In addition to his experience with therapy programs for breast cancer and certain solid tumors, he performs blood and marrow stem cell transplantation for patients with Hodgkin’s lymphoma, nonHodgkin’s lymphoma, multiple myeloma, acute and chronic leukemia, and other diseases of the blood and bone marrow. He recognized as a leader in the Bone Marrow Transplant field on the West Coast. He believes in taking a collaborative approach to medicine and is part of a large, integrated system of physicians, nurses, pharmacists and specialists — all dedicated to providing excellent patient care.


COMMUNITY Matters PAGE SIX • SEPT. 10-16, 2015

Wisdom for

EVERYDAY with PastorLIFE Drew

G

General Motors Invests in Cuyamaca College A Day in the Life of Jesus the Messiah Auto Tech Program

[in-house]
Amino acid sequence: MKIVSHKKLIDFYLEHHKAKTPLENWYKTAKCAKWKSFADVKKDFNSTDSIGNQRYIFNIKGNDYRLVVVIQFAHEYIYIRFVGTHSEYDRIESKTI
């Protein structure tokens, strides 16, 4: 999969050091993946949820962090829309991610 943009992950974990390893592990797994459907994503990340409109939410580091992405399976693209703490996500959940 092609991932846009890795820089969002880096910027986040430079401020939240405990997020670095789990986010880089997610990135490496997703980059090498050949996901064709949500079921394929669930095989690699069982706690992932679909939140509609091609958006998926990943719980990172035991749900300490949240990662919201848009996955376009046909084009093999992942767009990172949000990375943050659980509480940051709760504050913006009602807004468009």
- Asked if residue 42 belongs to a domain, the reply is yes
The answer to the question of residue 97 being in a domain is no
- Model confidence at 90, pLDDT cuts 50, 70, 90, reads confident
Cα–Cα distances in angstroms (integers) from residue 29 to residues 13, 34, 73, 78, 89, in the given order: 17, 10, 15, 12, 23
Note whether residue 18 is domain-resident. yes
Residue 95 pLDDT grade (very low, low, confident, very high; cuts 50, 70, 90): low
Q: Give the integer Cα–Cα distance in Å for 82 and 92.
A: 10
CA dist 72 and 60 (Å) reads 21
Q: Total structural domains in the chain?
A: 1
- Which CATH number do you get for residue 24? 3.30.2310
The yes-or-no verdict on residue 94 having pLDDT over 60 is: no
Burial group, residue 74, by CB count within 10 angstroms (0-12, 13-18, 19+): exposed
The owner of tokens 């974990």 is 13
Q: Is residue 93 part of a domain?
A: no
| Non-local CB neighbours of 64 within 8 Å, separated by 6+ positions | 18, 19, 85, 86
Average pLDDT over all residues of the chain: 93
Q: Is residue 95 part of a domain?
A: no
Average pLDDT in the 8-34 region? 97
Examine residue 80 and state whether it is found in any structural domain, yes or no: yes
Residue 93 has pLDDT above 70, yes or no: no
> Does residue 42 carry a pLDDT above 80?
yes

EL CAJON — U.S. automaker General Motors has donated three vehicles to Cuyamaca College for its automotive technology program. The ’13 Corvette, ’14 Silverado and ’14 Impala will be used to train aspiring technicians enrolled in GM’s Automotive Service Educational Program (ASEP) offered through select colleges nationwide. Cuyamaca College is one of three in California to provide the two-year program, which combines advanced automotive technical training with a strong academic foundation in math, English, electronics, analytical and technical skills culminating in an associate of science degree. GM auto dealerships sponsor the trainees, who alternate between on-campus instruction and paid work experience at the dealerships. “We are proud to support training programs that prepare the next generation of automotive technicians,” said Rick Jackson, manager

PART XXIII

Assistance in Filing a Protest: If you need assistance in filing a protest, please contact the Public Advisor by email at public.advisor@cpuc.ca.gov or call 1-866-849-